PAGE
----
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20 years of enabling the arts


In 2017 the National Arts Council (NAC) celebrates 20 years since it was instituted, and over the years has seen how the local creative community come together to form a dynamic industry. Creative Feel spoke to CEO of the NAC, Rosemary Mangope, about this important anniversary and strategic plans for the future.

Creative Feel: Broadly, would you say the NAC’s operations over the past 20 years have given substance to its mandate?

Rosemary Mangope: To an extent yes. The NAC was established as a grant disbursement entity. Over the years it has done well in terms of this particular element. However, the mandate is much broader than just grant funding. In the last three years an enhanced organisational strategy has introduced substantive elements of arts promotions in order to breathe life into the full mandate.

CF: What difference, in real terms, do you think the entity has made to the lives of artists and, in turn, to South Africa’s arts, culture and heritage landscape?

RM: As much as we cannot quantify the difference made, we can say that many artists have been enabled due NAC funding and ancillary support. We have partnered with the South African Cultural Observatory to conduct research, thus enabling us to respond in a more scientific manner.

CF: Tell us more about the NAC’s role in facilitating transformation, nation-building and social cohesion.

RM: This is an important deliverable for the NAC. It is reflected as one of the focus points in the ten points of the Minister of Arts and Culture. A concerted effort to promote social cohesion and nation-building has resulted in partnerships and flagship projects being created and funded.

CF: What is the NAC’s role in creating a platform for South Africa’s arts and culture for international audiences and/or investors?

RM: Creating a strong platform for exposing artistic excellence locally, in Africa and the globe is a key factor for the NAC. Several institutional partnerships have been forged in this regard. Over the years our artists have been exposed to many countries including France, the UK, Canada and Senegal, to mention a few. In terms of investments, formations such as the Forum of Chief Financial Officers have embraced the NAC and opened performance platforms for artists. Exhibitions, festivals and performances are funded regularly as a means of exposing the work to investors.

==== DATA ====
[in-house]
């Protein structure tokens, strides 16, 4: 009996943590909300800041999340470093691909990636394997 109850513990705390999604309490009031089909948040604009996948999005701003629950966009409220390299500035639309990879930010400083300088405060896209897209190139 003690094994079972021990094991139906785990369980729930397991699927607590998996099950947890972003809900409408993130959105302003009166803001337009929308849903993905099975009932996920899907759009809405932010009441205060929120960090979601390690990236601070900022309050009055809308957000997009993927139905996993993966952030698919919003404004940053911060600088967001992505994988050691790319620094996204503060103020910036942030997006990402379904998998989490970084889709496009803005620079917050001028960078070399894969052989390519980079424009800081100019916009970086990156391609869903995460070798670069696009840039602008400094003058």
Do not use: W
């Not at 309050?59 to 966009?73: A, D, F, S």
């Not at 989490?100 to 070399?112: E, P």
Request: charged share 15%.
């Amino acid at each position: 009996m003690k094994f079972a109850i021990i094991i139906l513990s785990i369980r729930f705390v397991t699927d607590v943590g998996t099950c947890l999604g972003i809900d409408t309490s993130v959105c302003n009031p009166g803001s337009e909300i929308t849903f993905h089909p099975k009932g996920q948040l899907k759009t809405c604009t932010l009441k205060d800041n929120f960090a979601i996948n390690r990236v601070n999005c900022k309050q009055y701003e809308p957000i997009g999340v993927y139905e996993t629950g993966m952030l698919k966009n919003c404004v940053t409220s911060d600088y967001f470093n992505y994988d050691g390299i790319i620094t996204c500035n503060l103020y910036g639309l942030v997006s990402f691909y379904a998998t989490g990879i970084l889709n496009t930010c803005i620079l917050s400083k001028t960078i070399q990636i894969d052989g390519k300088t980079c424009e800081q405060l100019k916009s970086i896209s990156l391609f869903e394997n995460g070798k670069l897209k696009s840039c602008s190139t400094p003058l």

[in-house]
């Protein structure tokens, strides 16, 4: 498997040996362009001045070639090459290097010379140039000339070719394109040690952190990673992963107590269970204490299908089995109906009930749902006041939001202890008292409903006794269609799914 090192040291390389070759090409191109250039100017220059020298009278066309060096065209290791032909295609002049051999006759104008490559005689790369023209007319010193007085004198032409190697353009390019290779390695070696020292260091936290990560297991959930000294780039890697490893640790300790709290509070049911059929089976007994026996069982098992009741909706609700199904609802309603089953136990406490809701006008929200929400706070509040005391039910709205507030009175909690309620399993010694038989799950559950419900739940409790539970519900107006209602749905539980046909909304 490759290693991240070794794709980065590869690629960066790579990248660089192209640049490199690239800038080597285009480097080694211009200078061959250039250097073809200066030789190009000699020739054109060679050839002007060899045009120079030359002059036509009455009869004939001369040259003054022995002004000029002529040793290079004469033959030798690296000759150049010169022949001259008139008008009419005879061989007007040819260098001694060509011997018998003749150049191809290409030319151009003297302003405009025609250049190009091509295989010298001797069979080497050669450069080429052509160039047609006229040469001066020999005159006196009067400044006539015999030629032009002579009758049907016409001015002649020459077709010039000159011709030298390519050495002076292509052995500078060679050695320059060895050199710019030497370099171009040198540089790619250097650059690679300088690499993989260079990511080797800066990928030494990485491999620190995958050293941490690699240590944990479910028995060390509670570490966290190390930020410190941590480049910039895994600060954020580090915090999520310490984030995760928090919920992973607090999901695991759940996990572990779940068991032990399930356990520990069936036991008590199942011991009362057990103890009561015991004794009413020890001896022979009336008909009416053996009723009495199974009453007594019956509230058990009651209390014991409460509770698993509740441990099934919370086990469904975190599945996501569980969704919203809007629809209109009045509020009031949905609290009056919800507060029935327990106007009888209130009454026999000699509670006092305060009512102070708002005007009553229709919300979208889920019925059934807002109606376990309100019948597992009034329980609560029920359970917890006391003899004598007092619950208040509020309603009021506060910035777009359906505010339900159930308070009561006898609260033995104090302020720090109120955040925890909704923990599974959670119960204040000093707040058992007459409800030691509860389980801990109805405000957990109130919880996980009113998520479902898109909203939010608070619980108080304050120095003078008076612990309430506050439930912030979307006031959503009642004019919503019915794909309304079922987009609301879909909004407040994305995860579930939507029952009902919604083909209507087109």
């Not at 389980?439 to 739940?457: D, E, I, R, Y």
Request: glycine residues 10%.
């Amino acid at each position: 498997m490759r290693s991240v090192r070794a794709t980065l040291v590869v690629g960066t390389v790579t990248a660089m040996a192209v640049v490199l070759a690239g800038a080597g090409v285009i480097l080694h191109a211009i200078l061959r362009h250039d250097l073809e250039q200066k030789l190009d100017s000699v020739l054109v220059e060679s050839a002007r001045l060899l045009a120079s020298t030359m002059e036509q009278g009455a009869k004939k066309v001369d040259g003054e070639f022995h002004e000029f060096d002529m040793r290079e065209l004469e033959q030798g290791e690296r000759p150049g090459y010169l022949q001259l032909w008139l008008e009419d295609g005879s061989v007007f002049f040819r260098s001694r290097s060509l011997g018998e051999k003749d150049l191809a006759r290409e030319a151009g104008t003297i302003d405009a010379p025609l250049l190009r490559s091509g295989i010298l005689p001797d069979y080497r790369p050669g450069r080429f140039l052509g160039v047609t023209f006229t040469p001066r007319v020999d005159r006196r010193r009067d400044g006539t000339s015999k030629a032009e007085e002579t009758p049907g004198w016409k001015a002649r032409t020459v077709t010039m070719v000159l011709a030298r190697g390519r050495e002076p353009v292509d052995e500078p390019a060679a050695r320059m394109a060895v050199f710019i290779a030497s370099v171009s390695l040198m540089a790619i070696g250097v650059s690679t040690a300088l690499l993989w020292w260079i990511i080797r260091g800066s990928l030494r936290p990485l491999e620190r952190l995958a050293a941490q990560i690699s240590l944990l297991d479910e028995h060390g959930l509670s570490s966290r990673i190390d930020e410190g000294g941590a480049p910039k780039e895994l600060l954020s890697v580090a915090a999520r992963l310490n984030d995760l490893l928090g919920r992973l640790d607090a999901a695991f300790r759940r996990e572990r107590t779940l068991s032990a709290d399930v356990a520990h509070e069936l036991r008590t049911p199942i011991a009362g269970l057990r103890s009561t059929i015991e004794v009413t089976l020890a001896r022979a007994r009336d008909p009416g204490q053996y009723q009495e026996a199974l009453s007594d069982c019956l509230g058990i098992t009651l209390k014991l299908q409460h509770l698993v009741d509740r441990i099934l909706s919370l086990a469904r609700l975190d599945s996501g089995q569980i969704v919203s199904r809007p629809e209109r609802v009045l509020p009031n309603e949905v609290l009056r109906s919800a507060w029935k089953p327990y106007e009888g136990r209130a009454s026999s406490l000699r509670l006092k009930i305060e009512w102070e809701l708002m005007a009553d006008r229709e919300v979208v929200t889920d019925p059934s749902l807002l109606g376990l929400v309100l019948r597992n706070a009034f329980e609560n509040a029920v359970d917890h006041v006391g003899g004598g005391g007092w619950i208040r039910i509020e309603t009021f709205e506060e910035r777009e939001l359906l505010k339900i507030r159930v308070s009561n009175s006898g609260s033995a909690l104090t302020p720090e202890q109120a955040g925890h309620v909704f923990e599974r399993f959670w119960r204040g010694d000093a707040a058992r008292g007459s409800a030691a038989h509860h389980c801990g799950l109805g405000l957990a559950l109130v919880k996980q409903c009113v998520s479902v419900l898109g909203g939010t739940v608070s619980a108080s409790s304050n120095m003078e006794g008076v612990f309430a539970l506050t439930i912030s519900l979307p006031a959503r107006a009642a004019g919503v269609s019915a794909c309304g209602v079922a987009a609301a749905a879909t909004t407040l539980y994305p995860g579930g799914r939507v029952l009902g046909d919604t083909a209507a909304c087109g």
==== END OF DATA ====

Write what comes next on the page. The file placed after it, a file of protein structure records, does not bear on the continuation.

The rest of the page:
CF: What is the NAC’s role in stimulating the local economy?

RM: We are in nascent stages of real economic quantification. The reality is that the sector offers project related work which is unlike traditional ‘work’. The fact is there is a huge scope for cultural and creative industries to make meaningful economic stimulation.

CF: What are the NAC’s objectives over the medium to long term?

RM: To reimagine the role of the NAC in the sector through a focus on growing the creative and cultural sector.

CF: How does the entity plan on remaining relevant in the uncertain local and global economic environment?

RM: The NAC has identified climate change and environmental sustainability as well as digitisation as integral to staying relevant. To this end, we have partnered with local and international institutions to promote projects in these fields. Currently, we are hosting Sholeh Johnston of the world renowned Julie’s Bicycle to work with us on elevating the profile of organisations and individuals supporting work in climate change.

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